December 22, 2008

The Twelve Gifts of Christmas

As I’ve written, I’ve traveled a deliberate, and at times heavy-hearted, journey this past month. At the beginning of Advent, I introduced the Advent Conspiracy and how we, as a family, planned to concentrate less on presents and more on Presence. It’s a work in progress, but our first try at a less materialistic and more Jesus-centered Christmas season has been a success. Santa will still bring our kids plenty of presents, but we've enjoyed a special fullness this season.

God’s blessed our efforts and I feel a sense of peace and joy that’s been absent for some time. But, even when my spirits were weary I’ve seen the “gifts” God sent my way. So, in the spirit of giving, I thought I’d share them with you.

Here they are, my Twelve Gifts of Christmas:
(Can be sung, if you’re so inclined, to the tune of "The Twelve Days of Christmas.")

12 Girls a-Giggling…My daughter had a party with a dozen of her friends last Friday and the beautiful sound of teenage girls’ laughter, chatter and singing filled the house.

11 Snowflakes Falling…OK, there have been more than 11 flakes, but seeing snow gently covering the trees and grass on a few occasions fills me with joy.

10 Houses Twinkling…My grandmother gave us her Christmas village a few years ago and each year we’ve added a piece. Setting up the village under tree is now a treasured Christmas ritual.

9 Christmas CDs Playing…Come December 1 all our Christmas music comes out and it’s all Christmas all the time. What a great, and eclectic, collection we’ve accumulated over the years!

8 Friends a Visiting…In the midst of the Christmas crazies, I’ve enjoyed special visits with friends, old and new. God has blessed me richly, sending me friends who see the good in me, even when I have trouble seeing it myself…and accepting me regardless. Plus, the blessings continue with the friends I’ve made this year through writing and blogging. You have been an unexpected gift and a real treasure!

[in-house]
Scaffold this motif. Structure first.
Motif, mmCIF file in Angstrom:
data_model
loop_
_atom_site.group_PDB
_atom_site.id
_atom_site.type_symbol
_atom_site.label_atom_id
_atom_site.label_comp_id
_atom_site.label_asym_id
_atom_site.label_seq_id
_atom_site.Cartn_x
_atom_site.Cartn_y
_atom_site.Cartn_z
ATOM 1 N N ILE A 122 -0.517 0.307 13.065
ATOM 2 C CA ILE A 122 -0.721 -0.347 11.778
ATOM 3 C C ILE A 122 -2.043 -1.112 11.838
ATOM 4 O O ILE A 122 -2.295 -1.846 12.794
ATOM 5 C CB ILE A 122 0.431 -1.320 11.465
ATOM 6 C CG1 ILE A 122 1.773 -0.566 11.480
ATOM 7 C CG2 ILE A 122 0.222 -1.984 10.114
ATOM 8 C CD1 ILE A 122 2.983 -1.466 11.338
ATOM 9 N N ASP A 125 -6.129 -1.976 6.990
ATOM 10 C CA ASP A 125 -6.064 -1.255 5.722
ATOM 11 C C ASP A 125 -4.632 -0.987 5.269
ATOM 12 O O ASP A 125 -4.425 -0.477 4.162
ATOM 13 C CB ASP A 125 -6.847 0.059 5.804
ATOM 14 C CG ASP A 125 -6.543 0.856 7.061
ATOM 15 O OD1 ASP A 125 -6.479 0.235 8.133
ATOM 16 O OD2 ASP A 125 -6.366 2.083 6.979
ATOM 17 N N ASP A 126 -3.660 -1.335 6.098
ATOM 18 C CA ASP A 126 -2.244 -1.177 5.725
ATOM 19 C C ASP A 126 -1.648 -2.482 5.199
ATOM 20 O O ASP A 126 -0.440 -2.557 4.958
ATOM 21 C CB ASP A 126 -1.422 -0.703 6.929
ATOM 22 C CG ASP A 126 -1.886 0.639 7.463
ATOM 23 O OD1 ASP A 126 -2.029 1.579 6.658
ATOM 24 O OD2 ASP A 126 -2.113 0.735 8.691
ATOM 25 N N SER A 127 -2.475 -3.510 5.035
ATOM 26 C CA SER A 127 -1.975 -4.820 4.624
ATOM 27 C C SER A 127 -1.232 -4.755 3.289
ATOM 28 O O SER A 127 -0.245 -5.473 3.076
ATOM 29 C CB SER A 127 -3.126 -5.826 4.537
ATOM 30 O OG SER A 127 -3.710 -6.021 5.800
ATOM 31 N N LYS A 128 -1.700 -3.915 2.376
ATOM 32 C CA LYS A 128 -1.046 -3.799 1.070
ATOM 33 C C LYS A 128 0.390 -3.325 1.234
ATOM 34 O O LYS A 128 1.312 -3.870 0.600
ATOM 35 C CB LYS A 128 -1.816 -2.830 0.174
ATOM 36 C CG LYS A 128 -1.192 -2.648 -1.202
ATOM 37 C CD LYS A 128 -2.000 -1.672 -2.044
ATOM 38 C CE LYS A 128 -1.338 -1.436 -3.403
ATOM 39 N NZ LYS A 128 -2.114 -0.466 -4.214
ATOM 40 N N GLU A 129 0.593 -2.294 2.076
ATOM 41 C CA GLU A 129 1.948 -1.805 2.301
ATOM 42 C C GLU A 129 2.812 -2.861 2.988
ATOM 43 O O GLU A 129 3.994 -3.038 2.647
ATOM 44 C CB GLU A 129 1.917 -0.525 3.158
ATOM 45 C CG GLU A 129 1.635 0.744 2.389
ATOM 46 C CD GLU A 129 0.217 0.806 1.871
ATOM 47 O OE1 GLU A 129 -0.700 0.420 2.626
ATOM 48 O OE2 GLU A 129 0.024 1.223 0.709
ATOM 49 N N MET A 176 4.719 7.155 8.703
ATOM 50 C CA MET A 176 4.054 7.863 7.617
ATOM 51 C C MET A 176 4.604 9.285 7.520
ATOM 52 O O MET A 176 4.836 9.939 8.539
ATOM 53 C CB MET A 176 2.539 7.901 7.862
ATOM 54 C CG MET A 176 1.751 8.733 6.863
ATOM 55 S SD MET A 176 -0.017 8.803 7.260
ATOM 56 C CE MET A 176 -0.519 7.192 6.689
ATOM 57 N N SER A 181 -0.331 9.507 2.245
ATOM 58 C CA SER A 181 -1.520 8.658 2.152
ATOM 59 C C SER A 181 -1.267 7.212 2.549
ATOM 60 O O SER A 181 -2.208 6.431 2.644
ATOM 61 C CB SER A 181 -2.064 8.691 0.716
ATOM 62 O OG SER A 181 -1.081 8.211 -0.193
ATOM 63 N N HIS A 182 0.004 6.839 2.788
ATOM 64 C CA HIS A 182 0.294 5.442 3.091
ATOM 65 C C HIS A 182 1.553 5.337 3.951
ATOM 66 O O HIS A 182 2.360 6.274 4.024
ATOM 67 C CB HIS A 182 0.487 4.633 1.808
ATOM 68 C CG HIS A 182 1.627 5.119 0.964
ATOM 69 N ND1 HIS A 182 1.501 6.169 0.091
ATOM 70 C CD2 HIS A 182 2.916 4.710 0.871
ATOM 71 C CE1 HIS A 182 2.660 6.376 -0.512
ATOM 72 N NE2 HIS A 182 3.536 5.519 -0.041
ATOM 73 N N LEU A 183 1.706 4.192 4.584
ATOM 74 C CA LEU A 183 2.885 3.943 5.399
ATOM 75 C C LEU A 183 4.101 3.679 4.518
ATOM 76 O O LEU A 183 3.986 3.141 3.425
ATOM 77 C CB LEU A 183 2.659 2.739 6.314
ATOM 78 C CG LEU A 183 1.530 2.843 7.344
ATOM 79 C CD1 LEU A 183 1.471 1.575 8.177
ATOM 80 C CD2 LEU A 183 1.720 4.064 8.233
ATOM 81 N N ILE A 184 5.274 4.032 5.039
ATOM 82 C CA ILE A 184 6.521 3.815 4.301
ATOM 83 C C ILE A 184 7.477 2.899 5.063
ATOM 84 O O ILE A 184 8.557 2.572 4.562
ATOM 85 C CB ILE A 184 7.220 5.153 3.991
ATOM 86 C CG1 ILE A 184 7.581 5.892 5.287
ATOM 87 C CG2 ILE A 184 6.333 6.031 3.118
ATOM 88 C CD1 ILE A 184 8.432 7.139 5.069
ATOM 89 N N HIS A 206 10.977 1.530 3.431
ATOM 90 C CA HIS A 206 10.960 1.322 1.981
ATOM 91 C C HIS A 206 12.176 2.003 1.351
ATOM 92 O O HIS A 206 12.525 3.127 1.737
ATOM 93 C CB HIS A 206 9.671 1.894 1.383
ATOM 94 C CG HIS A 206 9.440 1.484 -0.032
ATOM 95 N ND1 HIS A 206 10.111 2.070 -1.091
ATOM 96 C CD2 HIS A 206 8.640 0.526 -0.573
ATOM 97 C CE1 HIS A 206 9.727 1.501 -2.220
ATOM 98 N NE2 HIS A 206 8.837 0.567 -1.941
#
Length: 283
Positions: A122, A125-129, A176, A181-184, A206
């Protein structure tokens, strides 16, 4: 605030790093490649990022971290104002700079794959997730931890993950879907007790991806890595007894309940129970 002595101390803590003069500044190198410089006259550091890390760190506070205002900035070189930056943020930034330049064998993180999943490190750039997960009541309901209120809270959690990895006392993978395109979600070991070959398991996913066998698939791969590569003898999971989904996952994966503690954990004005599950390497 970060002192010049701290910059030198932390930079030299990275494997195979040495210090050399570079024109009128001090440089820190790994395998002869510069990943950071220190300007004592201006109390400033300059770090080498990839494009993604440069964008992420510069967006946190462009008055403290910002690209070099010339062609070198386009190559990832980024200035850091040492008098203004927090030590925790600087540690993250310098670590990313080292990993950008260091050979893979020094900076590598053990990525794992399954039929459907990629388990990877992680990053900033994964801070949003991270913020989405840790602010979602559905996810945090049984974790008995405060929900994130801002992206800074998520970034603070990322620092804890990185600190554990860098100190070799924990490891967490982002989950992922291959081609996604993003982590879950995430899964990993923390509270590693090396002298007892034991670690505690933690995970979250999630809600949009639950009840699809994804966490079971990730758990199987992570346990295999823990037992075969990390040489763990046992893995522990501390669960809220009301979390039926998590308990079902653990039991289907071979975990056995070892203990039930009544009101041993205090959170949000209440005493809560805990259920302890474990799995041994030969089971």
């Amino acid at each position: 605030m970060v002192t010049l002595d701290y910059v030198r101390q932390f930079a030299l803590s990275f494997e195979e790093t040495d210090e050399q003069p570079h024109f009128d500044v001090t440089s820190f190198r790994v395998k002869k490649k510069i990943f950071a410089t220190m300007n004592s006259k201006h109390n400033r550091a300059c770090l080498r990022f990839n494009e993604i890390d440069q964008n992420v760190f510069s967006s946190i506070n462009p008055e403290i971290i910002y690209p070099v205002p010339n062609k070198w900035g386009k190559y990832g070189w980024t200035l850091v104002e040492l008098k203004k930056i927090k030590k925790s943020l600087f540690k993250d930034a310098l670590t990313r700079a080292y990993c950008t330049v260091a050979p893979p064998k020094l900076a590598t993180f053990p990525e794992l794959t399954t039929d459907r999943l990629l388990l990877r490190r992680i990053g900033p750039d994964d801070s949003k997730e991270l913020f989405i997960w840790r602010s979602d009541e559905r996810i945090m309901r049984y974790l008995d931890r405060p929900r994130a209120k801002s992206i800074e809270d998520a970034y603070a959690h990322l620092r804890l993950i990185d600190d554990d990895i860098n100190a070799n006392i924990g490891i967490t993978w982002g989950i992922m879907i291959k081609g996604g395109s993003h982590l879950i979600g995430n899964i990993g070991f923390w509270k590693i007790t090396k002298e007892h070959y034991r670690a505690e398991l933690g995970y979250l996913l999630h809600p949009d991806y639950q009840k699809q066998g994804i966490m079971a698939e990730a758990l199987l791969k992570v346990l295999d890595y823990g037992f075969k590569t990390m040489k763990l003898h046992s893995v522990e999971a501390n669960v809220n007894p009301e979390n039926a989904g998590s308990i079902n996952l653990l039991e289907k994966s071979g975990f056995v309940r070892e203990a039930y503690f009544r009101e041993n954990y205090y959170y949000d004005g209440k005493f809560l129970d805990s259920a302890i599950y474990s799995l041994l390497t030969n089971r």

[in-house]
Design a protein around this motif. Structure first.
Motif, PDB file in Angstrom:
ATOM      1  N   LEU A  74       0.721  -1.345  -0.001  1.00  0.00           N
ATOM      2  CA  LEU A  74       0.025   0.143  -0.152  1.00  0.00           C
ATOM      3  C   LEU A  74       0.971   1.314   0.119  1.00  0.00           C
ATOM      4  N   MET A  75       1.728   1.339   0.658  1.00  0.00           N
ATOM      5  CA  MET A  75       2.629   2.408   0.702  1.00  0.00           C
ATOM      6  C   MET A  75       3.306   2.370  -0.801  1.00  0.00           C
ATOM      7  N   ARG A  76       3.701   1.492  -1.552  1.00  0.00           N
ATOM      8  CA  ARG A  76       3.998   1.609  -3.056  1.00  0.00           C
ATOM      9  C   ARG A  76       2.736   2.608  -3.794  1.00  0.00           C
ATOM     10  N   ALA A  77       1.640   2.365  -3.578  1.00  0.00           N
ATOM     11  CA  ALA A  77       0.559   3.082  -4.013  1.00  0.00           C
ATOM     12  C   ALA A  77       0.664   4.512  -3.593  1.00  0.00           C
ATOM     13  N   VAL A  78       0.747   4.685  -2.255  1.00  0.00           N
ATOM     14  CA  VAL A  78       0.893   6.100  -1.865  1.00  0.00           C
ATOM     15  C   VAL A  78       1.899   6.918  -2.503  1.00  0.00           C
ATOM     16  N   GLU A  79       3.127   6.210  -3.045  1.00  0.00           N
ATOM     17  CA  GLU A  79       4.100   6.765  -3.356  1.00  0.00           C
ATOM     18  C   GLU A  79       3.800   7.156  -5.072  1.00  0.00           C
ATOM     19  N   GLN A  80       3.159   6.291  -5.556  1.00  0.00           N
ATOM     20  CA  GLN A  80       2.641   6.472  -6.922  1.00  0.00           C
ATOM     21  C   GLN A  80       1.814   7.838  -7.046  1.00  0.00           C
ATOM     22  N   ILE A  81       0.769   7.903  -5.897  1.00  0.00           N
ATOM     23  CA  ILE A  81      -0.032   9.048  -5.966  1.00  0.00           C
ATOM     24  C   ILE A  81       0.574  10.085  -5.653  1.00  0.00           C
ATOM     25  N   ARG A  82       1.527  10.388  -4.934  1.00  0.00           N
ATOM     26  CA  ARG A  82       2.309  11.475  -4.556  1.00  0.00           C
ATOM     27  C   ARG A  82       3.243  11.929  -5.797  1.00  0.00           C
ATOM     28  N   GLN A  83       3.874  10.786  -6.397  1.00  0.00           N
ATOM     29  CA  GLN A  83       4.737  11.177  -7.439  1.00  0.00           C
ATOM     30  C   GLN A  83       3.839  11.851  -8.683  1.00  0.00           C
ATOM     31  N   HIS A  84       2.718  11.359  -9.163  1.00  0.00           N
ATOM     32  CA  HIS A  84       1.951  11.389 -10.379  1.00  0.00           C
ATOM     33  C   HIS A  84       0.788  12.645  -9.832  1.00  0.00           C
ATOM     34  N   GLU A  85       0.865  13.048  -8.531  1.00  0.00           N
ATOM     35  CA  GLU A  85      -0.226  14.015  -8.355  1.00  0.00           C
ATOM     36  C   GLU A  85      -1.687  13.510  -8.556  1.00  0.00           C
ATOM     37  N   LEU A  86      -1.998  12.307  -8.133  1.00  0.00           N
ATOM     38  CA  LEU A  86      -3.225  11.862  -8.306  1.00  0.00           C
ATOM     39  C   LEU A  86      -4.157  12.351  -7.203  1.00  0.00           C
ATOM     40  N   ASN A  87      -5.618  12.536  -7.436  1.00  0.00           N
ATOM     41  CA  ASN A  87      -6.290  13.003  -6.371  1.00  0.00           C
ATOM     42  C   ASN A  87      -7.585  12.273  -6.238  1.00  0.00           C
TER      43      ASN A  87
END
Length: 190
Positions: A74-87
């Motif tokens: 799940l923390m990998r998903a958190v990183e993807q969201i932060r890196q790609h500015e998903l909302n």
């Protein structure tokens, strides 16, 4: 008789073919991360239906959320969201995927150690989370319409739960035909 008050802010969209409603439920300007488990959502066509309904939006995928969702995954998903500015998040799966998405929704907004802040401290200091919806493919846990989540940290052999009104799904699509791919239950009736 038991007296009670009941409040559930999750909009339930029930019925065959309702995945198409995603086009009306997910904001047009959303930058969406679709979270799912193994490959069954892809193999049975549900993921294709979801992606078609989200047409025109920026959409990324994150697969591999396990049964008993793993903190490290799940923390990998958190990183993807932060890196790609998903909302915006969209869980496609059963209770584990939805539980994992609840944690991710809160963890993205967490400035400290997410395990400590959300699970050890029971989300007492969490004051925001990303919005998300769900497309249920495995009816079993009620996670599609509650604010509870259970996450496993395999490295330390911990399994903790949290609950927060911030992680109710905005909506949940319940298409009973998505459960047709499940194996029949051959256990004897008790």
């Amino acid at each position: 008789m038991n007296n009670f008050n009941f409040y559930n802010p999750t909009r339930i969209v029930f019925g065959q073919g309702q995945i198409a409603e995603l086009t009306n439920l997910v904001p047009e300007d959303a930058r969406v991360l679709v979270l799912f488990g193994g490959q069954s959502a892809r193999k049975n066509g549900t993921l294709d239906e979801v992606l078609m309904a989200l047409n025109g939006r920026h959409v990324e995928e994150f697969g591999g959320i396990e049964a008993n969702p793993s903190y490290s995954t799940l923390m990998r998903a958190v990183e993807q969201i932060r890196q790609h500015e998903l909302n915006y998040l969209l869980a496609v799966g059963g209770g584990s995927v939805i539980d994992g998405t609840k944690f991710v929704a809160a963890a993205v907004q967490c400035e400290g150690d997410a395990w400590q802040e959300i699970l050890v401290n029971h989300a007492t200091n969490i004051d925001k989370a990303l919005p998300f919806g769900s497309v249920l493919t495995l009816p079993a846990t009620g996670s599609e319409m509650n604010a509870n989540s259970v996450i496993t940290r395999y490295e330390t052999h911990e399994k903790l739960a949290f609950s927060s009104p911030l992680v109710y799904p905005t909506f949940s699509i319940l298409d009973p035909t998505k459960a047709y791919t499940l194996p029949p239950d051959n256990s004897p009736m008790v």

7 Rolls for Wrapping…Hallelujah! I’ve finished wrapping my Christmas presents. Usually this is a last minute panic that saps the joy right out of me—and now it’s done!

6 Playgoers Watching…This weekend Dan, the kids and I went with my parents to Lancaster to see The Miracle of Christmas at the Sight and Sound Theater. Wow! If this story doesn’t amaze you and REALLY bring to life the incredible message of Jesus’ birth, you better check your pulse. Definitely a two-hankie experience. Plus, spending time with my parents was a wonderful treat.

Fiiiiive Ad-vent Candles…As I wrote before, we created an Advent wreath. Spending a few minutes in mini-worship each Sunday has really helped us stay focused on Jesus. It’s become a time the kids really look forward to and they’re the ones to remind Dan and me about it each week.

4 Puzzlers Puzzling…Two weekends ago, right smack in the middle of the busiest prep time of the Christmas season my son pulled out a puzzle—a 550-piece puzzle—and asked, “Can we do this?” You know what? We did! Nothing on our Christmas to-do list got done that day, but we had a great time…and finally finished it three days later!

3 Batches of Cookies…OK, I’m not a baker, but having this many batches of cookies done, two of which were made by my daughter, is cause for celebration!

2 Kids a-Singing (and violin-ing…and drumming)…I have no idea where our children get their musical talent, but they both have it. Watching their chorus, orchestra and band holiday concerts brings tears to my eyes. And every year they just keep getting better and better.

And a Memory-Filled Christmas Tree…When Dan and I were engaged, we began collecting ornaments from everywhere we travel to. After 18+ years of marriage our tree brims with wonderful memories of the special places we’ve visited, first as a couple and now as a family.